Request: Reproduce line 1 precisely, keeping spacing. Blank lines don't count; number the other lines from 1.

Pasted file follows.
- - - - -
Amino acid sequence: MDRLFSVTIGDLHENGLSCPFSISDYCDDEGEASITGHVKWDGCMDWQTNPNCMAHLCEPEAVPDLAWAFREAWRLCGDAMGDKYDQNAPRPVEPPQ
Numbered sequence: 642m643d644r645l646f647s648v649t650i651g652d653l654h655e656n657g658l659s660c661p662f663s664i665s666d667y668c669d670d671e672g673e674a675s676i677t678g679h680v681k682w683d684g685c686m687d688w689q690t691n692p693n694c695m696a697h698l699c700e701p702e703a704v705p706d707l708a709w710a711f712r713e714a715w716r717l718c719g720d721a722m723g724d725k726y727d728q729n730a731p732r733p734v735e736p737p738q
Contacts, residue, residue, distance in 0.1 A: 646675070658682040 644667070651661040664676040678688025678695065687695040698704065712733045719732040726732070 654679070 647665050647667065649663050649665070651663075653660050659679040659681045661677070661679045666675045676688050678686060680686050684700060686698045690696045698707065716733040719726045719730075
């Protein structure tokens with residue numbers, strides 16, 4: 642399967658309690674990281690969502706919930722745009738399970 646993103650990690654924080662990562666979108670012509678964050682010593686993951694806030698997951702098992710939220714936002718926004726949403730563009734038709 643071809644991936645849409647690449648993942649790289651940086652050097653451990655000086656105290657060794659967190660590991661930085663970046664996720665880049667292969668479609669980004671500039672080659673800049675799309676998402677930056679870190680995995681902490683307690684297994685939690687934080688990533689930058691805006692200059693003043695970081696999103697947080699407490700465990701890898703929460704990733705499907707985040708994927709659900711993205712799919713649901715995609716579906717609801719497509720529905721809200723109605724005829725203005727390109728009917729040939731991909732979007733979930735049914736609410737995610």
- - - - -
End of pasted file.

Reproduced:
Amino acid sequence: MDRLFSVTIGDLHENGLSCPFSISDYCDDEGEASITGHVKWDGCMDWQTNPNCMAHLCEPEAVPDLAWAFREAWRLCGDAMGDKYDQNAPRPVEPPQ